The improvement in regional myocardial function six months after surgical revascularisation was greater in patients with preserved inotropic contractile reserve than in patients with viable myocardium but no inotropic response to dobutamine. In the latter group, however, revascularisation proved to be still worthwhile, as demonstrated by the significant improvements in global left ventricular function experienced by the patients. In addition, complete reversibility of contractile dysfunction may also depend upon the nature and the degree of morphological alterations of hibernating myocardium, as reported by other groups.6 ,37 ,38 This may influence the time course of recovery of function, and a single postoperative study may underestimate the amount of hibernating myocardium.
Patients with heart failure, such as the population of our study, constitute the group in whom clinical decision to recommend coronary revascularisation, heart transplant, or continued medical treatment remains difficult. The presence of hibernating myocardium that is not “arousable” by β1 adrenergic stimulation, but has preserved glucose uptake, may lead to rejection of some patients for revascularisation who may have more viability than can be detected by assessment of inotropic contractile reserve alone. As the severity of ultrastructural changes influences the degree of contractile function recovery after CABG it could be important to investigate the time course of such changes and the mechanisms underlying the transition from the “mild” to the more “severe” form of hibernating myocardium. This could have implications upon the timing for revascularisation.
An important limitation of this study, dictated by obvious safety reasons, was the size of the biopsies. As changes within the left ventricular walls may not be homogeneous, the sample might not be representative for the whole wall. To minimise this problem, we obtained biopsies from the most dysfunctional areas in an attempt to analyse the site with the most marked changes. We did not specifically examine the histopathological changes within the subendocardial and subepicardial layers; this could have provided further information regarding the transmural relevance of the ultrastructural changes detected.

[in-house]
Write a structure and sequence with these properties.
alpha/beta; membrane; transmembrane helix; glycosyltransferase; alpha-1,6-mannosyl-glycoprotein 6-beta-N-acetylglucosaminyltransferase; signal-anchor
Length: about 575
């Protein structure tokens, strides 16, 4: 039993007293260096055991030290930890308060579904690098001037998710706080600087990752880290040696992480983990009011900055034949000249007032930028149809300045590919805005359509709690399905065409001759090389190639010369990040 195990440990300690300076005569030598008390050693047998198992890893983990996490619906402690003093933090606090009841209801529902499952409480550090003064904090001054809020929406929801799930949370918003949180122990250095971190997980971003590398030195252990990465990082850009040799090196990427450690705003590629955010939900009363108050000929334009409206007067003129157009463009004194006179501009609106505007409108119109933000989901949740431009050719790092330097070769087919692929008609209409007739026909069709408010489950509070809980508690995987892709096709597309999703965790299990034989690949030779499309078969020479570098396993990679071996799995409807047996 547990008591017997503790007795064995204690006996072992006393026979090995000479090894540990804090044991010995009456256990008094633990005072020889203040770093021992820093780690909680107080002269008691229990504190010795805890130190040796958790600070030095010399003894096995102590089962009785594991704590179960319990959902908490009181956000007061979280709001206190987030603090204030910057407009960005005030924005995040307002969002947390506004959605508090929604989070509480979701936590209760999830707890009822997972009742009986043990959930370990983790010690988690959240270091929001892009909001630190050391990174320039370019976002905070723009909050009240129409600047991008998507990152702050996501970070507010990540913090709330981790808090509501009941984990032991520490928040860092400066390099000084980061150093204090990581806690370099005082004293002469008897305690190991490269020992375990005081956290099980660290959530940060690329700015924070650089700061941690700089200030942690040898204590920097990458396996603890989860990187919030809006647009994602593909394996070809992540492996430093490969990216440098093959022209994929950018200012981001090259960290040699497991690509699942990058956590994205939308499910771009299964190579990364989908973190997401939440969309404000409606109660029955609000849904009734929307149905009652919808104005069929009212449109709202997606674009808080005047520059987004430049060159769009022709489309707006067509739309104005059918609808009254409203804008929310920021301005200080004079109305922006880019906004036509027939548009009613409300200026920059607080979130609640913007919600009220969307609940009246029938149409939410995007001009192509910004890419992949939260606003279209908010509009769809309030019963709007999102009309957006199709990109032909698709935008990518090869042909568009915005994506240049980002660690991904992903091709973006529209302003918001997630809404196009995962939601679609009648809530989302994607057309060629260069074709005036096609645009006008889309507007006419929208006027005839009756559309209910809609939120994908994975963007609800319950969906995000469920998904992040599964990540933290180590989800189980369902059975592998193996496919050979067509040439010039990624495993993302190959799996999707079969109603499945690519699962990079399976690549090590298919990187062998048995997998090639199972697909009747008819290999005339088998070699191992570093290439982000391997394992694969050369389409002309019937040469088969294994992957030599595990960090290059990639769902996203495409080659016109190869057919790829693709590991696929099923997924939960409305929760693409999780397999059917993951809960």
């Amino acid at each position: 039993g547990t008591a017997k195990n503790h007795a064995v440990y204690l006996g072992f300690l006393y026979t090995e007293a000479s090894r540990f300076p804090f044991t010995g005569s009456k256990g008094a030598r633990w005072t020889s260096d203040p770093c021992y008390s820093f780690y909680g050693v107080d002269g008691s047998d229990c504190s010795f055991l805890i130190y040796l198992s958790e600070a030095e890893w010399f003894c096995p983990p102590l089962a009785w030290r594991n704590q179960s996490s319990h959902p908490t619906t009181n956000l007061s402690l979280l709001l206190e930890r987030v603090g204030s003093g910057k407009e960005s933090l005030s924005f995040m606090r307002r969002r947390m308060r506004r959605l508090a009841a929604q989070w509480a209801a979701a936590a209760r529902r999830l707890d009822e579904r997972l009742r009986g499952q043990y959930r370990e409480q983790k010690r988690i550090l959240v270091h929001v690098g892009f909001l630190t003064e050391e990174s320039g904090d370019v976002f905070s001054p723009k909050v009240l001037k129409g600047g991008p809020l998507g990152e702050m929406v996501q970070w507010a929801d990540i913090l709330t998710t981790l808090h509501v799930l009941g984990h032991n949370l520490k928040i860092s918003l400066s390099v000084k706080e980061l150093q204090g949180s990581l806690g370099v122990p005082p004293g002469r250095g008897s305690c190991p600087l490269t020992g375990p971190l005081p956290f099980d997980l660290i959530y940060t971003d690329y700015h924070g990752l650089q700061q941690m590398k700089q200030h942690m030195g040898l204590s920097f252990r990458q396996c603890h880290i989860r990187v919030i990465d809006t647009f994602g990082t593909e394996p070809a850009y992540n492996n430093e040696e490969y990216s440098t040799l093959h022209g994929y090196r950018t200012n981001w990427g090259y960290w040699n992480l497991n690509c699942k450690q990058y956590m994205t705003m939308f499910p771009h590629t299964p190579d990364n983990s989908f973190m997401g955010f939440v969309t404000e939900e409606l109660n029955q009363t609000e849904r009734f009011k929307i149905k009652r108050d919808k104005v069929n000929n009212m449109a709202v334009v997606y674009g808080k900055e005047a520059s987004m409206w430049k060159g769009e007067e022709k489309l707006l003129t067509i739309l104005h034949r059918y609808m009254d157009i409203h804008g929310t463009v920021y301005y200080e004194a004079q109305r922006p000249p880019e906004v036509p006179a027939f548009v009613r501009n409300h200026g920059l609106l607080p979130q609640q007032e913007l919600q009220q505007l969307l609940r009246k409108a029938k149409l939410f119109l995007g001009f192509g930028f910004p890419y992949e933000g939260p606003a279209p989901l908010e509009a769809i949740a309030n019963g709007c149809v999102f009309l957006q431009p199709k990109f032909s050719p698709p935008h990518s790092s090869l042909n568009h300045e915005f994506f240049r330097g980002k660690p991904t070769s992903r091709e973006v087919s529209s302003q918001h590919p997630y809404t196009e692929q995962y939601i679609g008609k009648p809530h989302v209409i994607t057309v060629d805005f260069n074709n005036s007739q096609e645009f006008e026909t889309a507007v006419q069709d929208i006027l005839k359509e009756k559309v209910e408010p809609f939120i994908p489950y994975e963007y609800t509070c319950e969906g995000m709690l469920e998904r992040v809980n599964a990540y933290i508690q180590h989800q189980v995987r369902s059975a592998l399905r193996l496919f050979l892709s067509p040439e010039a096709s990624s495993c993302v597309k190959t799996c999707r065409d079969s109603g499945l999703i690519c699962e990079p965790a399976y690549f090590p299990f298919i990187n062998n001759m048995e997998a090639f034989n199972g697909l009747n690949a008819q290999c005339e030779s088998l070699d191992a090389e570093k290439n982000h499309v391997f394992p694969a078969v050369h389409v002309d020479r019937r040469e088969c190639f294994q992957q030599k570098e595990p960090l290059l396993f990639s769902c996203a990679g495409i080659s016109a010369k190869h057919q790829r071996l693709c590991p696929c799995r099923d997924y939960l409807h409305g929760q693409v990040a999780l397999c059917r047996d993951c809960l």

The biopsy and fixation procedures are known to give rise to artefactual ultrastructural morphological changes, such as myofibril “contraction band” artefacts. In this study, morphological assessment of the biopsies was undertaken following immediate and optimal tissue fixation processing and sectioning. Analysis of the centre of the biopsy was undertaken away from the edges, which are prone to fixation artefacts. The morphological indices chosen were those that excluded these recognised artefacts, and the analysis was done with no knowledge of the identity of the biopsies and clinical details of the patients studied.